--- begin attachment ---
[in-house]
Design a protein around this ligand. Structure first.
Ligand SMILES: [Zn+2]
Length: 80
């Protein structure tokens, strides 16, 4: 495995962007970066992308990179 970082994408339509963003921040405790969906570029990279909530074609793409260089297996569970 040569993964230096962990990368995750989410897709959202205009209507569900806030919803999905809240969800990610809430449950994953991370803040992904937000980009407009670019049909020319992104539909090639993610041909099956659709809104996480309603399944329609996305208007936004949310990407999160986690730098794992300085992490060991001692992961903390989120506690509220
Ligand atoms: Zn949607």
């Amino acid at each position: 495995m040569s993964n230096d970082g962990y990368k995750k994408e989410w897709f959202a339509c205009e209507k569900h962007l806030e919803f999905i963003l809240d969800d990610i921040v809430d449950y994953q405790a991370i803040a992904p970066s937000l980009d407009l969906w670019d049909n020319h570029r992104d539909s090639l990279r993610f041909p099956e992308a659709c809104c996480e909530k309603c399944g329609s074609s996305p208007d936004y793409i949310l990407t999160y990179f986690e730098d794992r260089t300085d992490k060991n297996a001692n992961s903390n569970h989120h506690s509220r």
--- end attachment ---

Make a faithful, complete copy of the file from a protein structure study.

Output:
[in-house]
Design a protein around this ligand. Structure first.
Ligand SMILES: [Zn+2]
Length: 80
């Protein structure tokens, strides 16, 4: 495995962007970066992308990179 970082994408339509963003921040405790969906570029990279909530074609793409260089297996569970 040569993964230096962990990368995750989410897709959202205009209507569900806030919803999905809240969800990610809430449950994953991370803040992904937000980009407009670019049909020319992104539909090639993610041909099956659709809104996480309603399944329609996305208007936004949310990407999160986690730098794992300085992490060991001692992961903390989120506690509220
Ligand atoms: Zn949607």
């Amino acid at each position: 495995m040569s993964n230096d970082g962990y990368k995750k994408e989410w897709f959202a339509c205009e209507k569900h962007l806030e919803f999905i963003l809240d969800d990610i921040v809430d449950y994953q405790a991370i803040a992904p970066s937000l980009d407009l969906w670019d049909n020319h570029r992104d539909s090639l990279r993610f041909p099956e992308a659709c809104c996480e909530k309603c399944g329609s074609s996305p208007d936004y793409i949310l990407t999160y990179f986690e730098d794992r260089t300085d992490k060991n297996a001692n992961s903390n569970h989120h506690s509220r």